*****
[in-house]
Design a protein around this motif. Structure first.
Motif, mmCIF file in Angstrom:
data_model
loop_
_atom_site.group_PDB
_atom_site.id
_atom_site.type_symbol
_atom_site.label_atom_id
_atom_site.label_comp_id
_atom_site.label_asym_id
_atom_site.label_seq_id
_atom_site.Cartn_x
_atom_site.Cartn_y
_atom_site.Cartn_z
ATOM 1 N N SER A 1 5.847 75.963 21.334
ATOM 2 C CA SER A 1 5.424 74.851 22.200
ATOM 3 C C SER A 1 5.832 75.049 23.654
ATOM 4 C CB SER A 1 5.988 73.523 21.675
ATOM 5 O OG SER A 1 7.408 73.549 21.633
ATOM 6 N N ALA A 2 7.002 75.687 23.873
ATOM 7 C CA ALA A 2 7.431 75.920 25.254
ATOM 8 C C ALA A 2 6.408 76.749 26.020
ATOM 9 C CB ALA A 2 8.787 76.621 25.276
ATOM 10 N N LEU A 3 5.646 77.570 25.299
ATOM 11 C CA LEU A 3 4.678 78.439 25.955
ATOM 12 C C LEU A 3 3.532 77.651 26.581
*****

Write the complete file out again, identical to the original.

[in-house]
Design a protein around this motif. Structure first.
Motif, mmCIF file in Angstrom:
data_model
loop_
_atom_site.group_PDB
_atom_site.id
_atom_site.type_symbol
_atom_site.label_atom_id
_atom_site.label_comp_id
_atom_site.label_asym_id
_atom_site.label_seq_id
_atom_site.Cartn_x
_atom_site.Cartn_y
_atom_site.Cartn_z
ATOM 1 N N SER A 1 5.847 75.963 21.334
ATOM 2 C CA SER A 1 5.424 74.851 22.200
ATOM 3 C C SER A 1 5.832 75.049 23.654
ATOM 4 C CB SER A 1 5.988 73.523 21.675
ATOM 5 O OG SER A 1 7.408 73.549 21.633
ATOM 6 N N ALA A 2 7.002 75.687 23.873
ATOM 7 C CA ALA A 2 7.431 75.920 25.254
ATOM 8 C C ALA A 2 6.408 76.749 26.020
ATOM 9 C CB ALA A 2 8.787 76.621 25.276
ATOM 10 N N LEU A 3 5.646 77.570 25.299
ATOM 11 C CA LEU A 3 4.678 78.439 25.955
ATOM 12 C C LEU A 3 3.532 77.651 26.581